The next morning we awoke just before daylight after an eventful night.
Thunderstorms had followed us there and dumped rain on us just as we arrived the day before. They had cleared for a while but came back overnight and the heavy rain found its way through the opening in the hut that passed for a window.
Not only that but the front door seemed content to allow itself to be pushed around by the wind creaking or banging loud enough to wake us.
This was also the first night that we had slept in our new super duper -2°C sleeping bags. Comfy they were, cold they weren’t. We both boiled and spent the night tossing the top off as we fried and then back on again as we froze a few moments later.
So we awoke the next morning grouchy. I was ready to give that damn pony of mine a piece of my mind, if even it so much looked like going off the track. But events had already got ahead of me. Black Label had been demoted! David now rode him and I rode David’s steed Black Cat.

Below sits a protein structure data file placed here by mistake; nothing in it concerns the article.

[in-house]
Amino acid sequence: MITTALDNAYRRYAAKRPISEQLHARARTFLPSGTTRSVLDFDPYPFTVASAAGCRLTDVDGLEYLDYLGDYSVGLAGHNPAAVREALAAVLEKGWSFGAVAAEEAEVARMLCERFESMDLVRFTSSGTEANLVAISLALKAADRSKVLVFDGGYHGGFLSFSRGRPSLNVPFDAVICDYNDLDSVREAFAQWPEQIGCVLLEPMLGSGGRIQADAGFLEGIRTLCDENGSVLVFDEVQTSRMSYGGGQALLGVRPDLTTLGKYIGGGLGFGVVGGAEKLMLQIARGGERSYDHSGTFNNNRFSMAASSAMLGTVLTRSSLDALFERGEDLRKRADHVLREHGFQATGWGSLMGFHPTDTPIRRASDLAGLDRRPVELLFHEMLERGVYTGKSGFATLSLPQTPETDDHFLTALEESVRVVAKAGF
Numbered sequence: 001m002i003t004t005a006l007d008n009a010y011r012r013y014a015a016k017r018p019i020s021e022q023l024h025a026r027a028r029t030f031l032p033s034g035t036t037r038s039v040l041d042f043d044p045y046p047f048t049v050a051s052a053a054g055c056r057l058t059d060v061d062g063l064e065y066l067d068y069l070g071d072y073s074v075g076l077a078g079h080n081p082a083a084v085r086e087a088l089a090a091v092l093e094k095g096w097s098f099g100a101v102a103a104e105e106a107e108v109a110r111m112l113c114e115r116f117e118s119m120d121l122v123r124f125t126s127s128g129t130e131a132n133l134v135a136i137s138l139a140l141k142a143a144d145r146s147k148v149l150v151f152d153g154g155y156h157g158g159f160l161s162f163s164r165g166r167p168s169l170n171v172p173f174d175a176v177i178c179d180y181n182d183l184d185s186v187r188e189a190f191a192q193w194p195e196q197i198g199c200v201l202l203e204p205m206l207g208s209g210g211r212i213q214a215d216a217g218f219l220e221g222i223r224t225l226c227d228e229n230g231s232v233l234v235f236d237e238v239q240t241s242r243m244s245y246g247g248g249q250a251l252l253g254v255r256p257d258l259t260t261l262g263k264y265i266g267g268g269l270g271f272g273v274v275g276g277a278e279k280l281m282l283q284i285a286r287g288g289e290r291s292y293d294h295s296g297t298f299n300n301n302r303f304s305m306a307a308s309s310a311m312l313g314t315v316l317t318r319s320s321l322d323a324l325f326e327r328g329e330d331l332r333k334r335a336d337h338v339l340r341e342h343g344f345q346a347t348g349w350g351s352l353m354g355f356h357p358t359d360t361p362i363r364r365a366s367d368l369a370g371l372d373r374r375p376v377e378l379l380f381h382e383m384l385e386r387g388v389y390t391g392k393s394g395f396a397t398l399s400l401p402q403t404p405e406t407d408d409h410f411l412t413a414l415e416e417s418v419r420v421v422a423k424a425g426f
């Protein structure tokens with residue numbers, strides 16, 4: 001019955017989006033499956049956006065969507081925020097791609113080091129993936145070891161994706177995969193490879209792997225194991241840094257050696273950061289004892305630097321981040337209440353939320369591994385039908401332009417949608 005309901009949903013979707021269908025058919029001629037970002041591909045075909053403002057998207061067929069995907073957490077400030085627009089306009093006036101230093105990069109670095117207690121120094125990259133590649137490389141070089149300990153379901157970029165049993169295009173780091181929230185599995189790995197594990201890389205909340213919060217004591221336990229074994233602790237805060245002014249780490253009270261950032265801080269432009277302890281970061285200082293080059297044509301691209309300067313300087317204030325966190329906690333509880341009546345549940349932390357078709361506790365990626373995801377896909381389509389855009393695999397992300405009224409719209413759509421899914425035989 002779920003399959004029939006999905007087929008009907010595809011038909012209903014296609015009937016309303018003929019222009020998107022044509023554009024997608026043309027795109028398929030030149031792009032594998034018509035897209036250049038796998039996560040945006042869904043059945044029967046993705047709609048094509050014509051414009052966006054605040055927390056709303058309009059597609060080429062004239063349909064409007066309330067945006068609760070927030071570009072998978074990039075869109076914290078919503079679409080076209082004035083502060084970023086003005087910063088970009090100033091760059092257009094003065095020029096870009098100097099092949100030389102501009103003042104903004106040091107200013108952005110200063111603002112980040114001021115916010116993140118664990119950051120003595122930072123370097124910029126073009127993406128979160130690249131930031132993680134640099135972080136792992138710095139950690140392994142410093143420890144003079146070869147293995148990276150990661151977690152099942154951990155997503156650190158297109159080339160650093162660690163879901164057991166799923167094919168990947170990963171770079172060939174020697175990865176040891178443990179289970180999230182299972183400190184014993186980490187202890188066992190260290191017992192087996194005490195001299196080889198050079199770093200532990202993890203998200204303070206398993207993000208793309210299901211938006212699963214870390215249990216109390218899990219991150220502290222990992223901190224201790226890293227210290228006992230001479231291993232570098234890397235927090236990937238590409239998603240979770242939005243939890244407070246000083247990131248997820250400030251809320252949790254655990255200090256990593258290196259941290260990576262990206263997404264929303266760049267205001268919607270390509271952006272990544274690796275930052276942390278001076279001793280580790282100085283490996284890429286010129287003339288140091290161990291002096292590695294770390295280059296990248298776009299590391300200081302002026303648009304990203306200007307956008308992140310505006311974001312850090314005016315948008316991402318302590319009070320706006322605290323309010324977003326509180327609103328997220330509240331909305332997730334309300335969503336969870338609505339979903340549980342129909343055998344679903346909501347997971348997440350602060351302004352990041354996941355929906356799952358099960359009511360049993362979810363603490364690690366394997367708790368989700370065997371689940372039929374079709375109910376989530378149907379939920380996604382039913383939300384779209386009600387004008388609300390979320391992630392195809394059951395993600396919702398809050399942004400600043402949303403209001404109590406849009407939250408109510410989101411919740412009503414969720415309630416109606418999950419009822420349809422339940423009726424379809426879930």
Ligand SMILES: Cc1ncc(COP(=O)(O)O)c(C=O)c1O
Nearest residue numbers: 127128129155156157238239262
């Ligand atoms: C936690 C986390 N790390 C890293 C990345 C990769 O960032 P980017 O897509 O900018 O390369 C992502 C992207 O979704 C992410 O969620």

Now Black Cat was my sort of horse, this bloke was strong, sure footed, docile and to my surprise obedient. He obeyed my every command, something I had never experienced in an animal, or come to think of it in a human, before.
The journey back was, despite aching limbs, muscles and rear end, (I never realised how many muscles are used in riding), very pleasant.
Gentle descends and ascends into valleys of green, cradled by perfectly formed grass covered hills and mountains of varying shapes and sizes.
Occasionally we would see the odd cluster of thatched roofs in the distance, perched on a small plateau or down in a valley. Despite being kept at arm’s length from the villages we still saw plenty of traffic on the track.
Unlike the hordes of pedestrians in South Africa these people seemed to have a destination or purpose for their travel. Men and boys on ponies were herding livestock; women on foot were carrying firewood or crops.